In southern Ontario, the weekend of clear skies that followed Friday's snow dump was expected to be followed by a new system bringing warmer temperatures and rain — potentially freezing rain in some central areas — later Sunday.

The "mixed bag" of precipitation will arrive in the province's east on Monday, March said.

"In the middle of winter you can expect anything," he said.

Friday's fierce storm left two people dead from vehicle collisions in Ontario, while two elderly people died in separate incidents while shovelling snow in southwestern Ontario.

In Toronto, which saw roughly 30 cm of snow, there was chaos at Pearson airport with numerous flight disruptions, creating a ripple effect across the country.

Air Canada warned Sunday it was still "recovering" from a backlog of delays and cancellations caused by the storm. More than 40 flights were cancelled Sunday, while many other trips were delayed.

The airport's Park'N Fly issued an apology and refunds after lengthy wait times for travellers trying to retrieve their cars.

West coast welcomes an early spring

It was a different story on Canada's west coast where rising temperatures had some Canadians thinking of spring.

In Vancouver, temperatures were at 5 C and creeping towards spring-like conditions that appeared likely to soon begin coaxing the first buds.

At mid-day, bright sunlight was reflecting off glass apartment buildings in the downtown core as groups of friends wearing toques matched with sunglasses and open jackets strolled down the street.

Many people were preparing to spend some time outdoors on Monday for the province's first-ever Family Day holiday.

But the city and provincial capital of Victoria, on Vancouver Island, were both expecting drizzle for much of the coming week even as the temperatures were forecast to continue to rise.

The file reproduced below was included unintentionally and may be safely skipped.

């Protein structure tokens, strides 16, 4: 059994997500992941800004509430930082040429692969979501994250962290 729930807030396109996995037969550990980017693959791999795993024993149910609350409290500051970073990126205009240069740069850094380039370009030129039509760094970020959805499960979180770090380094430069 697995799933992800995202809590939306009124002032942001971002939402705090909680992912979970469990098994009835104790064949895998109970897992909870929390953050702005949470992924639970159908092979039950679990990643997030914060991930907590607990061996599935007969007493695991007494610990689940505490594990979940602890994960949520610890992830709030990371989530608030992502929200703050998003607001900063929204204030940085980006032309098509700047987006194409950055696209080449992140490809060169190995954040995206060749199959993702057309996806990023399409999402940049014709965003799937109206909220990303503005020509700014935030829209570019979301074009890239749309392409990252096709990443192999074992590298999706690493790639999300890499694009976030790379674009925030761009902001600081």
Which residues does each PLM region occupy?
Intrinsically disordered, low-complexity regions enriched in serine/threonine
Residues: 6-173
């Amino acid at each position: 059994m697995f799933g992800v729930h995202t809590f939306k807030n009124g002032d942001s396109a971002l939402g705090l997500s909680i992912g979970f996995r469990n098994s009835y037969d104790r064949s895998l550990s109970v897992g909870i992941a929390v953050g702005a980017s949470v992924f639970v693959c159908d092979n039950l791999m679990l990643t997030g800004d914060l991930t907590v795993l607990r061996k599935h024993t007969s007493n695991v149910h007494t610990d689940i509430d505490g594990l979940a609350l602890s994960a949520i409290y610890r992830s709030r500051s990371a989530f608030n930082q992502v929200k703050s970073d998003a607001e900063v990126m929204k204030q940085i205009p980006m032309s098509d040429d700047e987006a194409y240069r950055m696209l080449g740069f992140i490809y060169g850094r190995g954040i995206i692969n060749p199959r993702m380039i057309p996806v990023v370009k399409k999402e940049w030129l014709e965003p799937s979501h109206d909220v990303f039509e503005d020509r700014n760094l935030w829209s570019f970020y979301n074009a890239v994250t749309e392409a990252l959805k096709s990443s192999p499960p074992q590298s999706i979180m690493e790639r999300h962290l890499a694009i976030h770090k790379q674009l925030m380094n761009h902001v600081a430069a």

Maritimes still recovering from storm

Meanwhile people in the Maritimes barely had enough time to finish the back-aching job of digging themselves out after upwards of 40 centimetres of snow fell on Saturday before blowing snow brought it all back.

Cape Bretoners are still feeing the effects of the storm, but it calmed in the Halifax region before noon.

Murray Murphy walked through the snow to get his morning cup of tea in Sydney.

"It's a bad one and more coming. [I'll] probably go back home again and wait her out,"  he said.

The lights are back on in the Maritimes. But in Newfoundland, residents on the Burin Peninsula, as well as the Bonavista Peninsula, are experiencing power outages.

This comes after thousands of power outages, dozens of flight cancellations and flooding shut down most businesses and services in the Maritimes on Saturday.

"This storm almost set some records," said Doug Mercer with Environment Canada.

"There was some very, very strong winds down in the tri-county area. Digby reported a peak wind of 140 and south of Yarmouth in Woods Harbour they recorded a peak wind of 164 kilometres an hour, which is the wind you'd expect from a category two hurricane."

With files from the CBCNews